Jignesh Raiyani

Generate XML Forms or XML Data Type Documents in SQL Server

January 27, 2020 by

In this article, we’ll show how to create an XML data type document from a relational table utilizing different T-SQL ways. For example, for data migration, information from the SQL Server database can be exported and imported using XML in another framework. XML is a standard way of extracting, storing and manipulating data. One aspect of working with the XML data type is creating XML from relational information, which is done using the FOR XML provision in SQL Server:

Table to XML document

An XML data type can be utilized in an alternate manner in SQL Server. This article will explain some fundamental uses of XML. FOR XML keyword is a provision that can be added with the SELECT query statement to prepare the XML document in the required forms in a query result. The outcome is a Unicode string containing components and qualities controlled by the different modes determined in the provision with FOR XML.

The four modes are:

  • RAW
  • AUTO
  • PATH

The table below shows sample data for further clarification of the various methodologies:

sample table

AUTO mode

AUTO mode is one of the approaches to converts over to the XML elements from the rows of the table. Element names of the XML document corresponding to the column alias or column name of the SELECT query.

For example, the query result has been produced with a single XML document for the above sample data. The query result had 5 rows in a result set, which is changed over to a solitary cell result-set. This methodology is utilized in a single-valued function to return multiple rows in a single return variable.

Table to XML data type

Here, AUTO produces header names utilizing table names.


For more control over the styling of the subsequent XML, SQL developers can use EXPLICIT mode. With EXPLICIT mode, a query result will be changed over to a single XML data type document with customized XML labels and values. The EXPLICIT mode will make a different label set for each row in a record. Even, the EXPLICIT mode allows designing the XML format as the user wants to set the position of the elements in the XML data type format in SQL Query.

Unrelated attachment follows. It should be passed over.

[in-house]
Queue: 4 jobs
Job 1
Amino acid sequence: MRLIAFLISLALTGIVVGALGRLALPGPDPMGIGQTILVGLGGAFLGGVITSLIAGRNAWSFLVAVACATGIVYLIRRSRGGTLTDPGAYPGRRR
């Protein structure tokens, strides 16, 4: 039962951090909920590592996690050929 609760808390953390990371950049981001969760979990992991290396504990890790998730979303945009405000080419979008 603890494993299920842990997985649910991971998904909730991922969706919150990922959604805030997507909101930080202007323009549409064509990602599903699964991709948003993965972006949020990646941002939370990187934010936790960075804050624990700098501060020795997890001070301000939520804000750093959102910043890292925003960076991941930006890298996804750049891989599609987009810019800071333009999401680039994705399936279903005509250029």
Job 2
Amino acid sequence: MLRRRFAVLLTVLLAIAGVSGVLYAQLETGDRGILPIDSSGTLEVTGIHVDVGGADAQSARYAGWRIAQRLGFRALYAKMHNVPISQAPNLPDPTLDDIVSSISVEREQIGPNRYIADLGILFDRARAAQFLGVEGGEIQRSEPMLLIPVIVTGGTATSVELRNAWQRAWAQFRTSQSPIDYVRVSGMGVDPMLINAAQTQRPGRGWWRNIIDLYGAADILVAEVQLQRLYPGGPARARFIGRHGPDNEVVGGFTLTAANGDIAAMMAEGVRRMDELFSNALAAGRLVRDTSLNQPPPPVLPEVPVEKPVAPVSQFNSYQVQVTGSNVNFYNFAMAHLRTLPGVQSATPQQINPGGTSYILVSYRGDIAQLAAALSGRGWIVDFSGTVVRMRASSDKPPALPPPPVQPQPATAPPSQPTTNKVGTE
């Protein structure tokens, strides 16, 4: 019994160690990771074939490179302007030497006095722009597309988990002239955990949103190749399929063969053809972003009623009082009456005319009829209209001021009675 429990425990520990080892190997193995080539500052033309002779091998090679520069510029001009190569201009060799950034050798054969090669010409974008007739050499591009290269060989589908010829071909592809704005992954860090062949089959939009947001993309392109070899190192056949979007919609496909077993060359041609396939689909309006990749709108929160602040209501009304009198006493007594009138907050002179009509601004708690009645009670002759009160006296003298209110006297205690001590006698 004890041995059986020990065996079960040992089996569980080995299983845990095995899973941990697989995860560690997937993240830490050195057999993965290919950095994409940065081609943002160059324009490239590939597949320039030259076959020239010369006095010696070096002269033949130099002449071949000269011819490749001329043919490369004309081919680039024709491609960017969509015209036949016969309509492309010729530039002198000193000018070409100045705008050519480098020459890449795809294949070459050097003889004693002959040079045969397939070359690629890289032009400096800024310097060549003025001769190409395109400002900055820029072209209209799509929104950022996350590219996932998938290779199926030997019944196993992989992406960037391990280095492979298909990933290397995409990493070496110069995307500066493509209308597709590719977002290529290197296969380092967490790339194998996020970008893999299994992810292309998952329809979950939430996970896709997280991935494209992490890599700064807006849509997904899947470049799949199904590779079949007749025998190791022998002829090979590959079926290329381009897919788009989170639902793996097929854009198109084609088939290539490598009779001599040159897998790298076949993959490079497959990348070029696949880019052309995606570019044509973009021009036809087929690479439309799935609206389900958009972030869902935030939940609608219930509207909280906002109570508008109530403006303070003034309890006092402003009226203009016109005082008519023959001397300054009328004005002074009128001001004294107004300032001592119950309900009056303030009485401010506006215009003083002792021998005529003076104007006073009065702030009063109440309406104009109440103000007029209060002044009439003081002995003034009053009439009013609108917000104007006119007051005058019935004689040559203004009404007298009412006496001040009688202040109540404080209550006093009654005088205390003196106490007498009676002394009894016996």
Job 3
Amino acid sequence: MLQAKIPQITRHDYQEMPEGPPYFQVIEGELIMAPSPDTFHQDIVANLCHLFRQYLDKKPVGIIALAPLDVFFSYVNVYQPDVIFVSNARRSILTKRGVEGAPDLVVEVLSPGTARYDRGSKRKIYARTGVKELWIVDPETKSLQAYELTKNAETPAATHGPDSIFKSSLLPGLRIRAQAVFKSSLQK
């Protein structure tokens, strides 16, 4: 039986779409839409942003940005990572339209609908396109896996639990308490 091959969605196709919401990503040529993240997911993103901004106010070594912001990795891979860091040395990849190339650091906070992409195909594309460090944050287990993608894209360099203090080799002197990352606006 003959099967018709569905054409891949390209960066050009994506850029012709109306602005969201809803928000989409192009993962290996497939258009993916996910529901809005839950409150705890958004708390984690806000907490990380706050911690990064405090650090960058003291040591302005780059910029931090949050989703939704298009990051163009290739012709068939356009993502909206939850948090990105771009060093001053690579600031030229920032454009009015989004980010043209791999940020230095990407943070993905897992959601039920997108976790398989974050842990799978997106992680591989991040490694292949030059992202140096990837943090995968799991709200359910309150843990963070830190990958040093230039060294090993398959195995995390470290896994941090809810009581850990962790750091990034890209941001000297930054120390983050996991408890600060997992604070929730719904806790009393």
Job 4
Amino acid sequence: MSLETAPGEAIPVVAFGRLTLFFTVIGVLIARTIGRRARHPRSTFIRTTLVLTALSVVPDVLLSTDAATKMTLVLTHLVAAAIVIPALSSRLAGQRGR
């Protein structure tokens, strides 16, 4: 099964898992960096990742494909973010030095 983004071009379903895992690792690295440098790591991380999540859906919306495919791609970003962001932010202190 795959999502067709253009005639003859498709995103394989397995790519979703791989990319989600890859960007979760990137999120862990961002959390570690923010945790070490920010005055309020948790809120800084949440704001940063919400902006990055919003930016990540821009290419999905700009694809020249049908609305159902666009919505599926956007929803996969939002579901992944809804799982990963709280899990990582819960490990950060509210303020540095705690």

Below is an example of using EXPLICIT mode:

SQL query:

EXPLICIT mode result:


RAW mode

The most common and often-used mode by developers for making XML within FOR XML is the RAW mode. Basically, RAW mode outputs an element named “row” from the result set for each row in the SELECT articulation, and the cell value of the row will be bounded as an attribute of the element. In a RAW mode, every column will be treated as one element in the XML, and columns of those lines will be attributed to the same element. RAW mode is used to change each row in the result set into an XML component.

For ROW mode, various querying models with different outputs explained in the examples below:

Example 1

Using RAW mode, the header of each element is defined as a row element in the XML result and the columns of each row are being attributed inside the row element in the XML data type result.

Example 2

If the user wants to include all elements in a single tag, then the ROOT option with the RAW mode can be used and each element’s header name can be defined by the user by adding a name with the RAW() in the XML data type result.

Example 3

In the XML RAW ROOT, the header can be designed with a user-defined name with the ROOT(). As it can be seen in the example, the <root> element is replaced by the <UserDetails>

Example 4

Using the ELEMENT directive with the RAW mode, the user can make row-element structure-based XML. Each cell of the row is being extracted with XML elements inside the parent element of the row as <row>. Basically, we used the ELEMENTS keyword in the above query to display the columns as elements in the output XML.

PATH mode

The best mode for creating XML with more control over the format is the PATH mode. Using the PATH, the user can compose more straightforward SELECT and supply XPATH articulations for the column to assign a chain of command. Use FOR XML PATH with subqueries to get the proper XML data type document with the element-attribute chain:


Using a server query result to achieve a different XML format is straightforward. The query result will be extracted in XML by including a FOR XML catchphrase at the end of the SELECT statement. As discussed, we have a number of alternatives to structure or arrange the outcome with columns to attributes or XML nodes with the XML data type.

Jignesh Raiyani